After many years of thinking, reading and writing and looking, I came to believe that there are two basic, essential values which are indispensable for humane, decent, dignified life: one is freedom, and the other is security.
I'm a little bit of a weirdo - I'm kind of a loner, I didn't go to college, I spend a lot of my time reading. I've been working since I was 17, so that's sort of been my life.
I haven't found it to be particularly enjoyable... ninety percent of the time when I go on dates, I'm thinking, 'I could be reading my book instead.'
To teach a child an instrument without first giving him preparatory training and without developing singing, reading and dictating to the highest level along with the playing is to build upon sand.
It's very rare that you get a part that you actually like. People have a misconception, whether it be because actors lie or because you're reading interviews from giantly, massively famous actors, but you don't just get offered parts, all the time. You actually have to work to get them.
I have lots of passions - gardens, art, music and reading. I have eclectic taste and read a huge variety of books.
As actors you have this trait to imitate very easily. I don't want to imitate anything or limit myself of finding this creature, this woman because I'm looking at magazines and I'm reading comics, and I'm asking people that are avid readers of The Guardians.
I think the written word is my first love. I was just a very imagination - centered child and a big part of that imaginary life came from reading.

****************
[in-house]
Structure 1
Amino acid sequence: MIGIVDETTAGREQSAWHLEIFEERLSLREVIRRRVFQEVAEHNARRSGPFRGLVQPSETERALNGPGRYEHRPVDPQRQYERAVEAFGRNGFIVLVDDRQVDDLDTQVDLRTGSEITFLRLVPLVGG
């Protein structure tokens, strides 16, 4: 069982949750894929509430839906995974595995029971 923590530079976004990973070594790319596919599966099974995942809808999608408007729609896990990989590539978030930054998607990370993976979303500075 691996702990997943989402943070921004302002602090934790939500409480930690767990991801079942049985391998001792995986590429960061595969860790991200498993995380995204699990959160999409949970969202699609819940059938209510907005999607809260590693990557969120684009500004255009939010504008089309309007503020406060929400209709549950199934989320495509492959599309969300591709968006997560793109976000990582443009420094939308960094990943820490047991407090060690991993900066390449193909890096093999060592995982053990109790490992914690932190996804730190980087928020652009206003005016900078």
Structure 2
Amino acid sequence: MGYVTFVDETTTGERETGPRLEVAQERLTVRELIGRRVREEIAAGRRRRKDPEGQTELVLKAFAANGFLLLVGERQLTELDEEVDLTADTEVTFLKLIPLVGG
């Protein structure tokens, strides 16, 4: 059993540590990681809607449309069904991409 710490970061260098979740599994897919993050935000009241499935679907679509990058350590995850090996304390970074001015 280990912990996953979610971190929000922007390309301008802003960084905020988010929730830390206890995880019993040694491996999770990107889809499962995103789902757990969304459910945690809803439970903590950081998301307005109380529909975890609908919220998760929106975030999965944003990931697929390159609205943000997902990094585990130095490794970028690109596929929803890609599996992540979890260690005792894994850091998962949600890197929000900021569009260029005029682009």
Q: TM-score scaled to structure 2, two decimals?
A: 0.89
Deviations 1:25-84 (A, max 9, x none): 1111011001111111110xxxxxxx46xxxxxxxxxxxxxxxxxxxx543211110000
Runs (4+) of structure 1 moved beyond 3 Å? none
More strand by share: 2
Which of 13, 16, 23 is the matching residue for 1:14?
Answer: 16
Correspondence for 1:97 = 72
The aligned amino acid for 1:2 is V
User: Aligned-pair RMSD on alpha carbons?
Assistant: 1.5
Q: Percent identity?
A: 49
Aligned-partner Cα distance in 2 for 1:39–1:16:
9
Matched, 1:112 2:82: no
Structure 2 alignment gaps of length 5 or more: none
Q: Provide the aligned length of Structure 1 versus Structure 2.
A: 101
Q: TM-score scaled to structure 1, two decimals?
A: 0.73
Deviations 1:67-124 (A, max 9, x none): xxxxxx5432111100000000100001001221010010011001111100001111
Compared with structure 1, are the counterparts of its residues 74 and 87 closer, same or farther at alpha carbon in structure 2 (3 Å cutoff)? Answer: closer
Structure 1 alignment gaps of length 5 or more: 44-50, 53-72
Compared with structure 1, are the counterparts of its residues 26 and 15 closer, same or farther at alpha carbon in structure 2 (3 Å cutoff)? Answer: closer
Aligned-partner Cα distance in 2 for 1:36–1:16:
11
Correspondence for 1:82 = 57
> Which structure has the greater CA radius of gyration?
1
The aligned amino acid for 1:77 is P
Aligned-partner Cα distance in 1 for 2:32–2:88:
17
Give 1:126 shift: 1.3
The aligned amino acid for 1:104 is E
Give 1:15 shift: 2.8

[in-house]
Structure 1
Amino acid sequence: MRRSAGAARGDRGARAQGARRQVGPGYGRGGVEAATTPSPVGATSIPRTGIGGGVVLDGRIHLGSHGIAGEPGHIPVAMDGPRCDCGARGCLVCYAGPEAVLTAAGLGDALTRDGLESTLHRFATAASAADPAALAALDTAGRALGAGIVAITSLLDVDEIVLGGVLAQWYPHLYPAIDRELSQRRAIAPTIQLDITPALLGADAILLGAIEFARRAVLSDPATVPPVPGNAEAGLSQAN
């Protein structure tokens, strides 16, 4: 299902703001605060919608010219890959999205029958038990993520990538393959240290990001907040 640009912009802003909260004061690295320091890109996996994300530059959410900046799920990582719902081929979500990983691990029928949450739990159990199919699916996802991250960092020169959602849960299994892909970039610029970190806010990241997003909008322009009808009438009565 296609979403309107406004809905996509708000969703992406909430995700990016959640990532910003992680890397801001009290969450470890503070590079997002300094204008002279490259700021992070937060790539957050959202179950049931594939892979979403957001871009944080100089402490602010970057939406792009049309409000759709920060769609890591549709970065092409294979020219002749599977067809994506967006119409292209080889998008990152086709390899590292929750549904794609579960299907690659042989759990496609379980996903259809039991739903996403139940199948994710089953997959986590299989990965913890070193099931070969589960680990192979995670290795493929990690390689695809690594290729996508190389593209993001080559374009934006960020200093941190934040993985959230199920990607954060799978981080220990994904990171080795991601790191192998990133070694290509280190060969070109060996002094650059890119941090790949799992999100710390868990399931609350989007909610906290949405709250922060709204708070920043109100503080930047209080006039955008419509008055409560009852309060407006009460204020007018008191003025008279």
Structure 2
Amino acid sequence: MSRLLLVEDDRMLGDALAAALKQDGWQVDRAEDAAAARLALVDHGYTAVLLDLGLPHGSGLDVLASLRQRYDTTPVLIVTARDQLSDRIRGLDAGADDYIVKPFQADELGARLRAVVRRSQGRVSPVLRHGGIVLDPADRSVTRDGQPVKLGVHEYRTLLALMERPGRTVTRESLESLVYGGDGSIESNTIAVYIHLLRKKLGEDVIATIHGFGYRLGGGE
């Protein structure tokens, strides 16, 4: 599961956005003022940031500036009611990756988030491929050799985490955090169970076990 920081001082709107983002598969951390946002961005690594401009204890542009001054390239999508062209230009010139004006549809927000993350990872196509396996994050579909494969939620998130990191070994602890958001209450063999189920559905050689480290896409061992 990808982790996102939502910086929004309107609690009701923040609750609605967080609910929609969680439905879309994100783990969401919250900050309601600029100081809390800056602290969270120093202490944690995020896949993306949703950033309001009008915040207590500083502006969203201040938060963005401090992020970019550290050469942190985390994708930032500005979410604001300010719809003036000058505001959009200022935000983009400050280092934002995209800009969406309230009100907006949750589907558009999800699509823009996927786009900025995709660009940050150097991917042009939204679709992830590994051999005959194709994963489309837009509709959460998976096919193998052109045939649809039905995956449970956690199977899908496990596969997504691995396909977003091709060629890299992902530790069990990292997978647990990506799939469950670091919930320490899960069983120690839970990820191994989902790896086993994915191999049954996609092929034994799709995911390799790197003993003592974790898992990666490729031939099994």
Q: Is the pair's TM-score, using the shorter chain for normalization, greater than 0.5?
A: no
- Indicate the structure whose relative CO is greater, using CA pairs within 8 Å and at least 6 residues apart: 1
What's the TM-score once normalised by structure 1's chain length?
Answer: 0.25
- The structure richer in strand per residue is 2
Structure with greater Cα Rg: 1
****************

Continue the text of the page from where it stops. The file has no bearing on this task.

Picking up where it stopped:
It's fun for me to be with someone who loves reading as much as I do, because he'll give me things to read that I wouldn't normally seek out, and I think vice versa.
It's such a wonderful feeling to watch a child discover that reading is a marvelous adventure rather than a chore.
I'm a big reader. My kids love reading, and I think it's important, not just for development but for bonding. You start reading to kids before they can even understand what you're saying to them, so I look at it as a fundamental tool for connection.
Novels need readers of a certain kind, people who are patient and enjoy immersing themselves in another perspective for uninterrupted stretches of time. Reading habits might well be changing. People who pay for novels might overlap significantly with those who engage in Twitter and Facebook.
Until I reached my late teens, there was not enough money for luxuries - a holiday, a car, or a computer. I learned how to program a computer, in fact, by reading a book. I used to write down programs in a notebook and a few years later when we were able to buy a computer, I typed in my programs to see if they worked. They did. I was lucky.
People are like almanacs, Bonnie - you never can find the information you're looking for, but the casual reading is well worth the trouble.
I confess that reading proofs is a pleasure. It stimulates and inspires me.
I'd say the purest experience for the movie is not to have read the book because I think when you've read the book you're just ticking off boxes. I think that after you see the movie, reading the book is a cool thing. I always say the movie's not meant to replace the book. That's ridiculous. I'm a huge fan of the book.
Natalie Lyalin is writing some of the best poems in the world. There is an evil in her gorgeous poem-hearts. She must have sold her heart to the devil to write like this-so beautiful, so funny and so strange. Her images stack and stack down the page without spilling, each line such a bombshell you'll start reading backward to the first line. These poems are like babies-they will pop out of trees.
If it was a biopic about Glenn Greenwald, I would have immersed myself more fully in his personal life and gotten to know him as much as I could, but because it was much more about his relationship to this particular situation, to The Guardian, to Laura Poitras, and to Ewen MacAskill, and Edward Snowden, I was able to really learn a lot about him from reading his book and reading his many articles and accounts of that time.
I love reading about all of the breakthroughs and all of the new tech, even just the little household things that are coming on the market. I've always been nerdy about that.
Do you remember that kid that had sex with his high school teacher? I was reading online that he died today. He died from hi-fiveing.